There has been mixed reaction to Apple’s announcement of a speedier new iPhone and moves to cut the price of the year old 3G model in the US. News of the updated iPhone 3GS handset was made at the company’s annual developers conference in San Francisco. Apple said improvements in the iPhone 3GS made common tasks, such as launching applications, much faster. But veteran tech journalist Steven Levy of Wired Magazine said: “It’s not a game changer.” Rumours of an update to the iPhone have been circulating prior to the start of Apple’s World Wide Developers Conference (WWDC). When it was finally unveiled more than an hour and a half into the keynote speech, few were surprised. “We have been trained to think that when one more thing comes out it is going to rock our world and that didn’t happen,” said Mr Levy. Ernest Doku of comparison site Omio was more effusive. “Majorly cool has just become mass market,” he said “Essentially the 3GS is a refinement of the existing device so not all worlds will be rocked but as usual with Apple there are some big reasons to be excited. “Features like data encryption, improved data speeds and increased battery life will attract users. With faster web browsing and the ability to record and upload video to YouTube, the 3GS will get more people using their mobiles to go online than ever before. “It’s the must have multi-media device,” said Mr Doku. “Broad offering” Phil Schiller, who unveiled the phone to WWDC attendees, said the phone would speed up almost everything owners did with it. “For example,” he said, “loading a game like Sims City, 2.4 times faster. Going to a graphically intense website like the New York Times, 2.9 times faster.” Mr Schiller also announced improved battery life giving the iPhone 3GS five hours of talk time and nine hours of internet surfing. Other much expected features included a video camera, the ability to shoot video and a digital compass. Initial reaction to the iPhone 3GS from developers was positive. “We are excited to make use of anything and everything we can get our hands on to make our applications more compelling and perhaps a bit more magical,” said Dr Ge Wang, founder of Smule that creates applications for the iPhone such as Ocarina and Leaf Trombone. The device goes on sale in the US, parts of Europe and the UK on the 19th of June. In the US it will cost from $199 (Â£124) for a 16GB version and $299 (Â£186) for a 32GB version. However, outside the US the iPhone may be more expensive than direct comparisons suggest. The price cut applies to the 8GB iPhone 3G which will cost $99 from 19 June. However, UK iPhone operator O2 has confirmed that the price cut will not apply in the UK. Apple also said its new operating system for the iPhone and iPod Touch will be available from June 17th. Among the 100 new features the 3.0 software offers is the much demanded ability to cut, copy and paste. Also included is ‘tethering” which will allow users to connect their computer to the internet via the phone’s wireless connection. Other changes centred on an upgrade to Safari and improvements in search. “These are all iterative improvements but that is not a bad position to be in,” said Van Baker, a senior analyst with Gartner. “Is it earth shattering compared to what was there before? No. But did it need to be? No,” stated Mr Baker. David Pogue of the New York Times was more effusive in his assessment. “These are excellent upgrades – maybe not enough for you to switch from the iPhone 3G, but definitely enough to keep the iPhone at the top of most people’s wish lists.” But is it enough to see off the competition being presented by the new Palm Pre smartphone which went on sale in the US this weekend to rave reviews? It was described by the Wall Street Journal as the iPhone’s ‘strongest rival to date.” “The Pre really outshines the iPhone when it comes to multi-tasking,” said Wired’s Mr Levy. “But right now I would never switch because the iPhone has these thousands of applications that I use a lot. That remains the real test for the Pre. Will developers develop for it?” questioned Mr Levy. Apple revealed at the conference that the app store is now home to over 50,000 applications. Jobs no show The keynote was Apple’s first big event since its co-founder and ceo Steve Jobs went on sick leave back in January. Five years ago he successfully fought pancreatic cancer but at last year’s WWDC he appeared thin and gaunt giving rise to fears that his cancer had returned. The rumour mill went into over drive ahead of this conference with talk of Mr Jobs coming on stage for a surprise appearance. In the end that did not happen and industry watchers say that was the right move for Apple. “The news has come out already that Steve Jobs is doing okay and coming back to work, but he was really ill,” said Gartner’s Mr Baker. “I don’t think Steve would want to do a cameo that would undercut this keynote so I am not surprised he didn’t take centre stage.” Apple have sent out strong signals that Mr Jobs will be back at work as planned at the end of June.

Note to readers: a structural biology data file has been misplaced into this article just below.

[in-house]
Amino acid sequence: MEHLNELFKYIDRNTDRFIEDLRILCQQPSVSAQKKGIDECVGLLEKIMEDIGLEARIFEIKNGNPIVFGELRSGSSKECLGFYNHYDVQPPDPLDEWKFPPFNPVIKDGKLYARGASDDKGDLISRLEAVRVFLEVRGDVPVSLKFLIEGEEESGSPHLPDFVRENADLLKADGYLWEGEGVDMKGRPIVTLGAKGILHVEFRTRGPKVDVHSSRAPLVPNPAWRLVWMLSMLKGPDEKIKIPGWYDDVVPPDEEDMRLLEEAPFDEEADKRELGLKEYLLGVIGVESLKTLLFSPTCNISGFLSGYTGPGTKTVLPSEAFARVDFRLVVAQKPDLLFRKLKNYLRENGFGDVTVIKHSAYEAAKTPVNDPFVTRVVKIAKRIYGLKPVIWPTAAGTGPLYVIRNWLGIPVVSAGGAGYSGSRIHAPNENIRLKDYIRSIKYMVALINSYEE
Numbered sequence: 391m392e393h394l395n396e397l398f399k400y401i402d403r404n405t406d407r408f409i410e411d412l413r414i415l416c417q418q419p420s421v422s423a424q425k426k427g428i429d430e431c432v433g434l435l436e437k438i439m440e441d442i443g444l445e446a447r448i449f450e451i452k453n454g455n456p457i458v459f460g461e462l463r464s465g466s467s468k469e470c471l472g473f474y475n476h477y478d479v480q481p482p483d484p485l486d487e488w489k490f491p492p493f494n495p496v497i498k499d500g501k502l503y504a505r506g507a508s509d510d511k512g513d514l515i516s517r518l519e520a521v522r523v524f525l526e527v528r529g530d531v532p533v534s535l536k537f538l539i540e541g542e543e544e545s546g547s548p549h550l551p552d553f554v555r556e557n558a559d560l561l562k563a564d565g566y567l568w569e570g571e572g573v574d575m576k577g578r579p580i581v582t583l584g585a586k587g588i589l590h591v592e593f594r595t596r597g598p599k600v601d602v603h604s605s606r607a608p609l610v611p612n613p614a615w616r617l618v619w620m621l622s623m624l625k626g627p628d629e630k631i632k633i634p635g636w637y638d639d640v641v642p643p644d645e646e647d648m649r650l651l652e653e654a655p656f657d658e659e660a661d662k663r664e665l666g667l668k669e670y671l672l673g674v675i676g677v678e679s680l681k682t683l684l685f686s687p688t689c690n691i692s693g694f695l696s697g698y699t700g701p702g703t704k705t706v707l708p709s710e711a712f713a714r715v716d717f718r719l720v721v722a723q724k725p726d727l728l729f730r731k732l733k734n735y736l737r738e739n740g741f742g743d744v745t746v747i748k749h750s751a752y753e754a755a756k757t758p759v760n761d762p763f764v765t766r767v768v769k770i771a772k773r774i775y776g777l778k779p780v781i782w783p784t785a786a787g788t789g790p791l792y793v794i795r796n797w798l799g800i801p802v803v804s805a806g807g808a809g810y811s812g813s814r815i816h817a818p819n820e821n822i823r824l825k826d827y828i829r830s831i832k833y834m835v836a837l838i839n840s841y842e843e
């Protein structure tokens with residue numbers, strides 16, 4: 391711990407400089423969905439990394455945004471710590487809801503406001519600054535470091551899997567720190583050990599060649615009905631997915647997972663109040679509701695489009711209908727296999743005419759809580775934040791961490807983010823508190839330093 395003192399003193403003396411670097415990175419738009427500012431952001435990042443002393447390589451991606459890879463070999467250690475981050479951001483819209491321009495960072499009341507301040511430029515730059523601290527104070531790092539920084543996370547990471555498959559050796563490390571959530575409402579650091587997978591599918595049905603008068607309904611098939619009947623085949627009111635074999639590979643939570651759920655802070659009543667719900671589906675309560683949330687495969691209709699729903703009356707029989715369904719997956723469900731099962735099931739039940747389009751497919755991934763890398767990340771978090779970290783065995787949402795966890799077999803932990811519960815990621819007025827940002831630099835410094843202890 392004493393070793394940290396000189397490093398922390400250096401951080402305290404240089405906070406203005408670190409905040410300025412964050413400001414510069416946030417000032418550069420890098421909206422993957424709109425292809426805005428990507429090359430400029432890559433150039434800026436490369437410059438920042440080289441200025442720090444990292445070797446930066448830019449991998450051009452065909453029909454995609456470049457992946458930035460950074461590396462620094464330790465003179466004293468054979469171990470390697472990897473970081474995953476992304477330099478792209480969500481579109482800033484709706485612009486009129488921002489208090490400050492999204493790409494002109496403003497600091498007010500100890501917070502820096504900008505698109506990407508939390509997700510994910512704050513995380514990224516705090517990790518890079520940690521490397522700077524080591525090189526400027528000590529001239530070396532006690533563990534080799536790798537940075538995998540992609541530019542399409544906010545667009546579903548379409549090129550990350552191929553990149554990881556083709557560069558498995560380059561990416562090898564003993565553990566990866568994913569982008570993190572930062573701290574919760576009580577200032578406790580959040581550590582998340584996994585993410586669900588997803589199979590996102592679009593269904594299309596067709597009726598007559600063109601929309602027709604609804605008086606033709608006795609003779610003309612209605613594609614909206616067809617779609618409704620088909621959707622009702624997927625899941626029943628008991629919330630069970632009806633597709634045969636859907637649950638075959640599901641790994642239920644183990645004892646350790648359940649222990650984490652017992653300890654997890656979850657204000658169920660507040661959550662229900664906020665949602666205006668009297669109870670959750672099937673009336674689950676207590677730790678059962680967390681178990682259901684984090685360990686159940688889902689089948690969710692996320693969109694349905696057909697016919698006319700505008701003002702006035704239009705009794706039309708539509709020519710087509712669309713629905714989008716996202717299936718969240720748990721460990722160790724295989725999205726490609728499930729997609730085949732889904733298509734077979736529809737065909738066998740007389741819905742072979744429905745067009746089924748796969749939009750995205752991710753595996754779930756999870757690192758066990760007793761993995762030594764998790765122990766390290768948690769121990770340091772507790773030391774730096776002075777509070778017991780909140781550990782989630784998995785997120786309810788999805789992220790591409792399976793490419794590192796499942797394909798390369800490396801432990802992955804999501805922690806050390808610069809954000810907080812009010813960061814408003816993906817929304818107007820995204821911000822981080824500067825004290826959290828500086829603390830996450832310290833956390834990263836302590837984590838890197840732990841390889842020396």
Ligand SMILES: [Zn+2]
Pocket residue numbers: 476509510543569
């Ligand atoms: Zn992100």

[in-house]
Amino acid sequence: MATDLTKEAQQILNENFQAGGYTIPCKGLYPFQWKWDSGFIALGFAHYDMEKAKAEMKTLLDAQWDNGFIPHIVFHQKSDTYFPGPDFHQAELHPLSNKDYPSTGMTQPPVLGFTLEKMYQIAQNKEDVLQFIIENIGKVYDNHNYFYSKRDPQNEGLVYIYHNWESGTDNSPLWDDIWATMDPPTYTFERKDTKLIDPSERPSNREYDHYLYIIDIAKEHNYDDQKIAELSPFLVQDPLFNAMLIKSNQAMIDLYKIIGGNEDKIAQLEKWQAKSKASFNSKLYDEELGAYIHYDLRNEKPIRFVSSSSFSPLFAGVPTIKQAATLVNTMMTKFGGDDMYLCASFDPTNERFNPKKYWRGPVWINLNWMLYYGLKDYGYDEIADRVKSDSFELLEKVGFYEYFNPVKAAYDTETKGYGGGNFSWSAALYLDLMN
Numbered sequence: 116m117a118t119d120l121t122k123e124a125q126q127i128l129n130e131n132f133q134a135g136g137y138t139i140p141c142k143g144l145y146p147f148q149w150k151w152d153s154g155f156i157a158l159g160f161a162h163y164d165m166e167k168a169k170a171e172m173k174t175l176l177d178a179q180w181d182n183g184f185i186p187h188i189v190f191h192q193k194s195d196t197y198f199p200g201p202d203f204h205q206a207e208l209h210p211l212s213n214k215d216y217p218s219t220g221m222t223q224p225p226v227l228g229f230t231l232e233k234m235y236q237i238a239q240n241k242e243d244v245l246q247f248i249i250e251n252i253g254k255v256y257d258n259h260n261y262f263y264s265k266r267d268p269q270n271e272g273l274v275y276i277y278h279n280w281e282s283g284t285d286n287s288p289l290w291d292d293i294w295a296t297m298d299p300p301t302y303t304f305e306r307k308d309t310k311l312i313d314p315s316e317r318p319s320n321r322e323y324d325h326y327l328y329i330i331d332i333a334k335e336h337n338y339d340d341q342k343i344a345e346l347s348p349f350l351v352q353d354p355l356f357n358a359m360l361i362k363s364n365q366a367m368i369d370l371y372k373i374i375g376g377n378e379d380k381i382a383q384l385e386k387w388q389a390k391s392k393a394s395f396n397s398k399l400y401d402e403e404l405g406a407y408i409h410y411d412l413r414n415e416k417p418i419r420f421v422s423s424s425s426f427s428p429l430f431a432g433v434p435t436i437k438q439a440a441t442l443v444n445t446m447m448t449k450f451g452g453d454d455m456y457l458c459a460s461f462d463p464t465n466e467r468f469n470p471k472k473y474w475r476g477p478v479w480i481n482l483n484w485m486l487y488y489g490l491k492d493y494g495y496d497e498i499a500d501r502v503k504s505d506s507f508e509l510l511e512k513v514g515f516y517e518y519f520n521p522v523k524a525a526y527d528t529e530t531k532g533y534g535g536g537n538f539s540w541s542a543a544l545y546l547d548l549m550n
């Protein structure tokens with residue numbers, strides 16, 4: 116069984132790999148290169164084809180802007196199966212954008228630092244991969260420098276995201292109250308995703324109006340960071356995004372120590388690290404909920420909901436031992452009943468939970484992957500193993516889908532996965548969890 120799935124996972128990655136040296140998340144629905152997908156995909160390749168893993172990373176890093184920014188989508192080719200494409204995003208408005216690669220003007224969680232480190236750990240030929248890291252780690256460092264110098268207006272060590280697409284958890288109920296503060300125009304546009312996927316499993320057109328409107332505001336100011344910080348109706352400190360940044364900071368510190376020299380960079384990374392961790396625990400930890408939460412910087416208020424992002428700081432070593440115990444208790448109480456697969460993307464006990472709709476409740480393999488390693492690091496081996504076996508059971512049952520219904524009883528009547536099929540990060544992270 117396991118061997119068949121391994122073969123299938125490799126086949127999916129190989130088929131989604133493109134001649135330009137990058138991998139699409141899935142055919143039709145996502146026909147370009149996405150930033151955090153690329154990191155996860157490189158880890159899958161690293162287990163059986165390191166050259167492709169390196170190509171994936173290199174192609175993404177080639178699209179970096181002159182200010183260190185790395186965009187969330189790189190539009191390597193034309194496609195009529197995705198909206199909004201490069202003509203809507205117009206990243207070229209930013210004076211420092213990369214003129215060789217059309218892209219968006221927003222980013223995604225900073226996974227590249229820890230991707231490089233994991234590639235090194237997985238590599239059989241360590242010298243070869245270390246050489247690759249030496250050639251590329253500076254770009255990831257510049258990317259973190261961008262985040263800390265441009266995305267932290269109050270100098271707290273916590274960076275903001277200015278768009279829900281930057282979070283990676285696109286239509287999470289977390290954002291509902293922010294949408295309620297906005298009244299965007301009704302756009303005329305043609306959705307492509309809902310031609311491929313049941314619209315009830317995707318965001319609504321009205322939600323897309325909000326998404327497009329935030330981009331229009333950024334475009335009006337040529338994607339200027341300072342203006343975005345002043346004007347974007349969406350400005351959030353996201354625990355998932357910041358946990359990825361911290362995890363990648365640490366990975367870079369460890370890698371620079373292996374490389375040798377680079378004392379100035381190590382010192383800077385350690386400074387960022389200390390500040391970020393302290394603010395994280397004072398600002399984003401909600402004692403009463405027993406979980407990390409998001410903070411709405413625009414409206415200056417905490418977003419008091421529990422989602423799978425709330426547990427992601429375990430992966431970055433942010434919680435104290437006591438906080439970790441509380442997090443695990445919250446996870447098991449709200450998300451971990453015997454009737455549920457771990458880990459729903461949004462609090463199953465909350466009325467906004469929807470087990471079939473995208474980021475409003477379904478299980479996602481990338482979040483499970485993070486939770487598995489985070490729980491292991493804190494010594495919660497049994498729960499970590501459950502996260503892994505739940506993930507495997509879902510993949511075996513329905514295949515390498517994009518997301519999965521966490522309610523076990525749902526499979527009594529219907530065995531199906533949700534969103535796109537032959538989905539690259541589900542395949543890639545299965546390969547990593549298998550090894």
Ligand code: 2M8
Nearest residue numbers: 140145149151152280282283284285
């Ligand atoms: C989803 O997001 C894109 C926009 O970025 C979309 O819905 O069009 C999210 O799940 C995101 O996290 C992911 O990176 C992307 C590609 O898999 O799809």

- Advertisement -